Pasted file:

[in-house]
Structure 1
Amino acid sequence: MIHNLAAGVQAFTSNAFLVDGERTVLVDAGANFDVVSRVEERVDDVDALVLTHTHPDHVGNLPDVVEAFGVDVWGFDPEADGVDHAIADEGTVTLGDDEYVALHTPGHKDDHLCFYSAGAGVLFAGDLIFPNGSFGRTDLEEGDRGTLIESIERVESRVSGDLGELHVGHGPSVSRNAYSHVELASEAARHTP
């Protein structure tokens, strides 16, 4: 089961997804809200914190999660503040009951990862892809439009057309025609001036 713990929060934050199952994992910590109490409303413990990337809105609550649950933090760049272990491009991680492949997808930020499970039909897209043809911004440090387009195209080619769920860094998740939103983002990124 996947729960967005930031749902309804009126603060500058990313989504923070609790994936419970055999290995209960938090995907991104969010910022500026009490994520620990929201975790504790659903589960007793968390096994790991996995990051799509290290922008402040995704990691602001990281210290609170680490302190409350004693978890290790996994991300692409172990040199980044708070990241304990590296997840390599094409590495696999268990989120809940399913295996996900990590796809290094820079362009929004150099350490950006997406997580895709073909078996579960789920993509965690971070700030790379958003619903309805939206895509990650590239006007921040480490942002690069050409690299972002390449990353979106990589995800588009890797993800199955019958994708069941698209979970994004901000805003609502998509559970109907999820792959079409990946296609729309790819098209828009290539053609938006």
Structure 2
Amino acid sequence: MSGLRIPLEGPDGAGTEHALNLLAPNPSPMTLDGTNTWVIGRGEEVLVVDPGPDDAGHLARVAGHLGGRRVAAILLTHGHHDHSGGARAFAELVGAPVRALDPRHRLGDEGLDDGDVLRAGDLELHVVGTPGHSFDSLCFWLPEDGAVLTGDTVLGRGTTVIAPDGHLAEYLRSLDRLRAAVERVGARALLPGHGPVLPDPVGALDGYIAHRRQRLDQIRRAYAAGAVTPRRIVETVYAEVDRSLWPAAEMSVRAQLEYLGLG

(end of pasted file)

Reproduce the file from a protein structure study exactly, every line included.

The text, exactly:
[in-house]
Structure 1
Amino acid sequence: MIHNLAAGVQAFTSNAFLVDGERTVLVDAGANFDVVSRVEERVDDVDALVLTHTHPDHVGNLPDVVEAFGVDVWGFDPEADGVDHAIADEGTVTLGDDEYVALHTPGHKDDHLCFYSAGAGVLFAGDLIFPNGSFGRTDLEEGDRGTLIESIERVESRVSGDLGELHVGHGPSVSRNAYSHVELASEAARHTP
């Protein structure tokens, strides 16, 4: 089961997804809200914190999660503040009951990862892809439009057309025609001036 713990929060934050199952994992910590109490409303413990990337809105609550649950933090760049272990491009991680492949997808930020499970039909897209043809911004440090387009195209080619769920860094998740939103983002990124 996947729960967005930031749902309804009126603060500058990313989504923070609790994936419970055999290995209960938090995907991104969010910022500026009490994520620990929201975790504790659903589960007793968390096994790991996995990051799509290290922008402040995704990691602001990281210290609170680490302190409350004693978890290790996994991300692409172990040199980044708070990241304990590296997840390599094409590495696999268990989120809940399913295996996900990590796809290094820079362009929004150099350490950006997406997580895709073909078996579960789920993509965690971070700030790379958003619903309805939206895509990650590239006007921040480490942002690069050409690299972002390449990353979106990589995800588009890797993800199955019958994708069941698209979970994004901000805003609502998509559970109907999820792959079409990946296609729309790819098209828009290539053609938006």
Structure 2
Amino acid sequence: MSGLRIPLEGPDGAGTEHALNLLAPNPSPMTLDGTNTWVIGRGEEVLVVDPGPDDAGHLARVAGHLGGRRVAAILLTHGHHDHSGGARAFAELVGAPVRALDPRHRLGDEGLDDGDVLRAGDLELHVVGTPGHSFDSLCFWLPEDGAVLTGDTVLGRGTTVIAPDGHLAEYLRSLDRLRAAVERVGARALLPGHGPVLPDPVGALDGYIAHRRQRLDQIRRAYAAGAVTPRRIVETVYAEVDRSLWPAAEMSVRAQLEYLGLG